A new article, The Science of Cyber Risk: A Research Agenda has just been published in Science. A free, non-paywall version of this paper is available here. Written by a diverse team of 19 authors, including myself, it presents a concise argument for interdisciplinary research, to establish a scientific basis for risk analysis and management in the cyber security domain.
As a leading provider of cyber risk models for the (re)insurance industry, RMS is committed to advancing the state-of-the-art in the science of cyber risk. The proposed six category research agenda is of keen interest to RMS and we recommend this Science journal article to anyone who shares our interest in solving the hard problems.
In this the first of three blog posts, I’ll explore why we need a “science” and what difference it will make. The next two posts will feature case studies in interdisciplinary collaboration, including lessons from past successes and failures.
Technological advances in communications, computing and computer networks are exposing new vulnerabilities that terrorist groups can exploit, making cyberterrorism a potential security concern. The media has extensively discussed this issue, invoking images of massive economic losses and even larger-scale loss of life from a cyberattack executed by a terrorist group. But just how real is the threat that cyberterrorism poses? Fortunately, the fear surrounding this issue outpaces the magnitude of the risk, and in this blog I will attempt to investigate.
The Twitterverse got its chance to pose cyber risk questions to a panel of distinguished experts at the NetDiligence® Cyber Risk Summit in Santa Monica on October 16. RMS and NetDiligence teamed up to host a live #ChatCyberRisk Q&A session at the conference. The experts on hand included Vinny Sakore, Chief Technology Officer, NetDiligence; Russell Thomas, Principal Engineer – Cyber, RMS and Christos Mitas, Vice President – Model Development, RMS.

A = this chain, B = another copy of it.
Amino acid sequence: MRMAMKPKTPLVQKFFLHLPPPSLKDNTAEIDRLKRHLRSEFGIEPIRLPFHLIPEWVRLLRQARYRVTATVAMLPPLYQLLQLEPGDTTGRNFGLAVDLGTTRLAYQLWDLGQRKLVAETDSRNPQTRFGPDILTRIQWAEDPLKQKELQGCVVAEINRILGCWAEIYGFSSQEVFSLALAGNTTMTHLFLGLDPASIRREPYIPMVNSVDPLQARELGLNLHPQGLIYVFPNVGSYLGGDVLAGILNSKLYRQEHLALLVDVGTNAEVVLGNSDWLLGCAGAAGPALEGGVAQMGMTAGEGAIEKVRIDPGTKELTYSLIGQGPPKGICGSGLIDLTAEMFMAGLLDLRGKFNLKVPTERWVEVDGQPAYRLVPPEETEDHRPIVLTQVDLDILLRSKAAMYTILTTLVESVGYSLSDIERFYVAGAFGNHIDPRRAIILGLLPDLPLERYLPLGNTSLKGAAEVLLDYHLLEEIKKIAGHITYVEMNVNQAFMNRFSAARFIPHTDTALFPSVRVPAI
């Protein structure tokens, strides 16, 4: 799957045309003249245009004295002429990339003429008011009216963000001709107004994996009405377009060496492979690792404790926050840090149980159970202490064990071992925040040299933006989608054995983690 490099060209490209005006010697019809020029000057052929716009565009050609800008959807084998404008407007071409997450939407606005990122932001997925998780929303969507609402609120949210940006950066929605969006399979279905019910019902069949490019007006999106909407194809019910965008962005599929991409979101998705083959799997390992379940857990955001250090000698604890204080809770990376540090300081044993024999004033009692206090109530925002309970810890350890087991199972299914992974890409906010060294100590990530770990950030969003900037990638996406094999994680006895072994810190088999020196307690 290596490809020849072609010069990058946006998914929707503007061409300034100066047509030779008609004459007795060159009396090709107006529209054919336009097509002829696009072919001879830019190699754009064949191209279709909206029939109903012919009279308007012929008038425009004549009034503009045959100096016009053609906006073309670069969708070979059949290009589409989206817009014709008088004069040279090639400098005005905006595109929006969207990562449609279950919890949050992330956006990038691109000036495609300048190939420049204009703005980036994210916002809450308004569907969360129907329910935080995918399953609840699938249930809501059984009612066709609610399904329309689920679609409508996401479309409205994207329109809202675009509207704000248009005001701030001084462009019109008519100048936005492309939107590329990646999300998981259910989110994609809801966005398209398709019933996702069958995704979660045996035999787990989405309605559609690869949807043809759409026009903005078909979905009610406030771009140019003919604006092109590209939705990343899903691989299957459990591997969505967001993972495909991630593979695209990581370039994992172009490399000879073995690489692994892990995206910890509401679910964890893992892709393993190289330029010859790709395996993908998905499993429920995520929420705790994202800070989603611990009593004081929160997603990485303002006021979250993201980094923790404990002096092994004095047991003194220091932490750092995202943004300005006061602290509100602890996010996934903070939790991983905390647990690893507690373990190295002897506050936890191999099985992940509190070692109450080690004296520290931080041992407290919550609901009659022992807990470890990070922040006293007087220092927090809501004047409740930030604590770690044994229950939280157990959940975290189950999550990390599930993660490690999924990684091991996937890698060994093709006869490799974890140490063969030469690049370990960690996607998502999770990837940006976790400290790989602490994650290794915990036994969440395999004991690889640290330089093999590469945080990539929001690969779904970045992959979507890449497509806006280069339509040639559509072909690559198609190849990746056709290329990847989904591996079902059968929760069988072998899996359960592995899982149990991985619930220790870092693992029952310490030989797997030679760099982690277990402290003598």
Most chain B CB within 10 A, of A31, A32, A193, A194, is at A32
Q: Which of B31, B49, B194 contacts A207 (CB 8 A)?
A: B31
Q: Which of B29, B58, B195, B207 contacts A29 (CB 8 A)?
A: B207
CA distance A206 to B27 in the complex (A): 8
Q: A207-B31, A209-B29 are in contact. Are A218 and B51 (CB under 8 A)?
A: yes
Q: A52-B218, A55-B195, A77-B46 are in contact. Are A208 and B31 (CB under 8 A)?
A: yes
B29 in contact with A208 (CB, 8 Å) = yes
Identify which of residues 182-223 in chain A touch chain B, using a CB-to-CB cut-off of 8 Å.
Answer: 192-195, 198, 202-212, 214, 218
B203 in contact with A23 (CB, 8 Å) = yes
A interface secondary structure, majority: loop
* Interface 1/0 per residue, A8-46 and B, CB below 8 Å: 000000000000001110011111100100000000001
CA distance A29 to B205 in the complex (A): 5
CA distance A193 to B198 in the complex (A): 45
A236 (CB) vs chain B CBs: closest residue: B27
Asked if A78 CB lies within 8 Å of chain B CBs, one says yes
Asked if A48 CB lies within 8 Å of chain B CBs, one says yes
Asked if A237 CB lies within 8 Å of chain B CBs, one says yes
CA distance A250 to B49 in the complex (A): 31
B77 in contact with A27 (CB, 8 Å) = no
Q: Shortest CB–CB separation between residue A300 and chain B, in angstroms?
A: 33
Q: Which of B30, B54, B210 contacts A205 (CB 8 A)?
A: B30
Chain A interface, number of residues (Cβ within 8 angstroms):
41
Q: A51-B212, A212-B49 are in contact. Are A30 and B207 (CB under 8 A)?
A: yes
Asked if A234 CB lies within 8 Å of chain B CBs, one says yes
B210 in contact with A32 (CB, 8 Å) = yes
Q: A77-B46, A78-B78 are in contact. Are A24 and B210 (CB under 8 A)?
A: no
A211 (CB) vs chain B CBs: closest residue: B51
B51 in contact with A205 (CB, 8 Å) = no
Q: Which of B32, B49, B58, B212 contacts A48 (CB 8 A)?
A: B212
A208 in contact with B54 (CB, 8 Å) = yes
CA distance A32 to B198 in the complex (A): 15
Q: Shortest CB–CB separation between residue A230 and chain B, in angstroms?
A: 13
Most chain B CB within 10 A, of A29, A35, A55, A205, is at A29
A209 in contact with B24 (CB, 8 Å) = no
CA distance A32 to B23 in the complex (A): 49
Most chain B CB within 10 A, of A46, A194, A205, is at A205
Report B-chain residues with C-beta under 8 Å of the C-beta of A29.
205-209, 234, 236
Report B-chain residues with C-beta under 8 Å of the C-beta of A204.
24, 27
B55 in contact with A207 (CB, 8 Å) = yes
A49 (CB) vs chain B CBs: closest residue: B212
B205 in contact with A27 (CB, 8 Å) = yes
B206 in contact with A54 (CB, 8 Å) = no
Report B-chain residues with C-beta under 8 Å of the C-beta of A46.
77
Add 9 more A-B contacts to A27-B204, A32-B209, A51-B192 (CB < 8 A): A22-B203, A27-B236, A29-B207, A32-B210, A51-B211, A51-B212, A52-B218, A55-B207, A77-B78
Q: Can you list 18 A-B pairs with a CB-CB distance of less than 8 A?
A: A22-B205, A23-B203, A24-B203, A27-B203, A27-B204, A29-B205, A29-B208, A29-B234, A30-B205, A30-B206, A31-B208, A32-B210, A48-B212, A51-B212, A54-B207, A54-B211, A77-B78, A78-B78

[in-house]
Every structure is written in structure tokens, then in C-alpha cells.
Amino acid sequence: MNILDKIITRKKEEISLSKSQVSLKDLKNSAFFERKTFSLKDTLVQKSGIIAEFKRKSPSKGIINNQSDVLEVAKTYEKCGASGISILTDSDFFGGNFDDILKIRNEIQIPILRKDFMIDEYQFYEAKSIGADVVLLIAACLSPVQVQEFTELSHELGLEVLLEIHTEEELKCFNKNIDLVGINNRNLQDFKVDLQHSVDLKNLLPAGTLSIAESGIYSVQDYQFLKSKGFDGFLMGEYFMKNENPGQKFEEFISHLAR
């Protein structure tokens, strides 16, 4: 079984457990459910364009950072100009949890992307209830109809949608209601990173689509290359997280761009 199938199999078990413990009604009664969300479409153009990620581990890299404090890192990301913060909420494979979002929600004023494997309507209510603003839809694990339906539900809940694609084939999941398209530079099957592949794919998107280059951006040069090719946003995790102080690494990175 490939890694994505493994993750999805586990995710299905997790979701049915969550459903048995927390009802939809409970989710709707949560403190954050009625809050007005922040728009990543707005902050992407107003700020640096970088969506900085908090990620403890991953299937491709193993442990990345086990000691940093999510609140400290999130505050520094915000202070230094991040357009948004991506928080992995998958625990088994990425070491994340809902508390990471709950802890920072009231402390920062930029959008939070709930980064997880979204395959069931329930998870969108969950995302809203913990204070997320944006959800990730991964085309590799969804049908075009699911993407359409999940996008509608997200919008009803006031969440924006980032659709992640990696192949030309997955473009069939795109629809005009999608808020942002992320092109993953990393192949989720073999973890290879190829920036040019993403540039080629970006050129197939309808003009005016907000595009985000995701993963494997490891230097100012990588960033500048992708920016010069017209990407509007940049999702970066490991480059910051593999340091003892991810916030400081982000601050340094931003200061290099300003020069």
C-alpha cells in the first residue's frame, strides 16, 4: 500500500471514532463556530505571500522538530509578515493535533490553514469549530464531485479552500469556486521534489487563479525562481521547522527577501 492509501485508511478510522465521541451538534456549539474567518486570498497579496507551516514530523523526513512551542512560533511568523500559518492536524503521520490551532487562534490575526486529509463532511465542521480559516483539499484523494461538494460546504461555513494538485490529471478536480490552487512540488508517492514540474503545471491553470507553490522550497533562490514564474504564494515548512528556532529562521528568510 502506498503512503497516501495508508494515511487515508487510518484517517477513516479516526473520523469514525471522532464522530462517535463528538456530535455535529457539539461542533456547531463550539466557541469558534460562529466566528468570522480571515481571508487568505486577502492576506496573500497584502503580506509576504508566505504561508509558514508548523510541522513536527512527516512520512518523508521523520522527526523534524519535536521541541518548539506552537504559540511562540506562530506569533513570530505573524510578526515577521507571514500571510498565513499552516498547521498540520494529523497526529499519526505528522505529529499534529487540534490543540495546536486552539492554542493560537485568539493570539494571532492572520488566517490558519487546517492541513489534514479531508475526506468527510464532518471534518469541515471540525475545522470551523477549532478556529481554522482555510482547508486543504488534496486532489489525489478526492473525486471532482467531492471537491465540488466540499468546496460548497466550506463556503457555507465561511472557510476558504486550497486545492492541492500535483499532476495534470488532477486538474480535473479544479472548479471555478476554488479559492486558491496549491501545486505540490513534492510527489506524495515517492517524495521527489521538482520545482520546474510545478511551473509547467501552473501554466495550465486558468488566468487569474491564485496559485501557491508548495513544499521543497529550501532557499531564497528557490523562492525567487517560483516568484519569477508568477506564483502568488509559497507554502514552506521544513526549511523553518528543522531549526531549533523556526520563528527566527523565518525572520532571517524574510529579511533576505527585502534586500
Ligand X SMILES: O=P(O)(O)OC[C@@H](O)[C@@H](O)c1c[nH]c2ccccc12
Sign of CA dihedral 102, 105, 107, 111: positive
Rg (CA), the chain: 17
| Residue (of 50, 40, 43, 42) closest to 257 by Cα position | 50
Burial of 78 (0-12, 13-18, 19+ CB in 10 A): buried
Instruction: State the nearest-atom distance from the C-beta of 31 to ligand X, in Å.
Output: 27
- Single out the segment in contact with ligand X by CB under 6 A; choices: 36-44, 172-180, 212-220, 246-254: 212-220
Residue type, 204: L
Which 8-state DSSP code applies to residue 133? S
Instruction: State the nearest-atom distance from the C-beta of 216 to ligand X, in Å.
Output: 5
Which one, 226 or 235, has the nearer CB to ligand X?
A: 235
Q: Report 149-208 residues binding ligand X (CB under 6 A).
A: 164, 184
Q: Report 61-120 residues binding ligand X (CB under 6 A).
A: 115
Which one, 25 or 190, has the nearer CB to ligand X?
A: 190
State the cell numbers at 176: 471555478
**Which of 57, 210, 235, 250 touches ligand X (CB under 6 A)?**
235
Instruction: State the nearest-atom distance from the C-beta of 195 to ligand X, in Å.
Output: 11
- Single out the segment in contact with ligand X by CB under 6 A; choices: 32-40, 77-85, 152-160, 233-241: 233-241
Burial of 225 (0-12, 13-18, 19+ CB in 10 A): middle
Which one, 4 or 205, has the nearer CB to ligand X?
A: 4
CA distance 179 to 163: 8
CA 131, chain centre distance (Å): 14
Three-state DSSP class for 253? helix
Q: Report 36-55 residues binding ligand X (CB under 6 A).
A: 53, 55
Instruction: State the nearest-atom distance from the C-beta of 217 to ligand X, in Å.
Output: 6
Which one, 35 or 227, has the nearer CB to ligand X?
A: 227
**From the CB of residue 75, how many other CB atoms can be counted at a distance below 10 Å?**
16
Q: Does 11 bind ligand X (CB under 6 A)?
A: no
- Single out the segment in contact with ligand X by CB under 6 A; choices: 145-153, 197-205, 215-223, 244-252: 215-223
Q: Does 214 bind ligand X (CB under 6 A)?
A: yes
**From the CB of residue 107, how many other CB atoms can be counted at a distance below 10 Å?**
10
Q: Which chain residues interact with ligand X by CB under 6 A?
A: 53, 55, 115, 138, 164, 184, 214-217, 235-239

Which cyberattacks will grow in prominence?
Vinny Sakore sees more and more attacks against individuals – especially high
net worth individuals, with personal cyber insurance coverage becoming an
important issue in the future.
And the biggest driver of cyber risk for organizations? Russell Thomas stated that the main ones remain; contagious malware (including ransomware) and data theft/exfiltration will continue to be the most prominent types of attacks with potential for severe or catastrophic loss to victims. The number of attacks will also grow as more firms, government organizations, schools, etc. become more dependent on automated processes and e-commerce. Financial risk due to business interruption stands out as the immediate risk driver; in a 2018 survey of 1,300 global companies, 34 percent of companies reported business interruption due to cyberattack.
If you are a business insurer, then your clients are typically being exposed to cyber risk. As RMS has discussed previously in our 2019 Cyber Risk Outlook, the digital economy has become more pervasive and now accounts for almost a third of the GDP of developed countries, and e-commerce now represents 14 cents in every U.S. dollar spent in retail. The “attack surface” vulnerable to cyber risk expands as more and more business devices are being connected to the Internet, with technologies become more standardized, homogenized, and cloud dependent.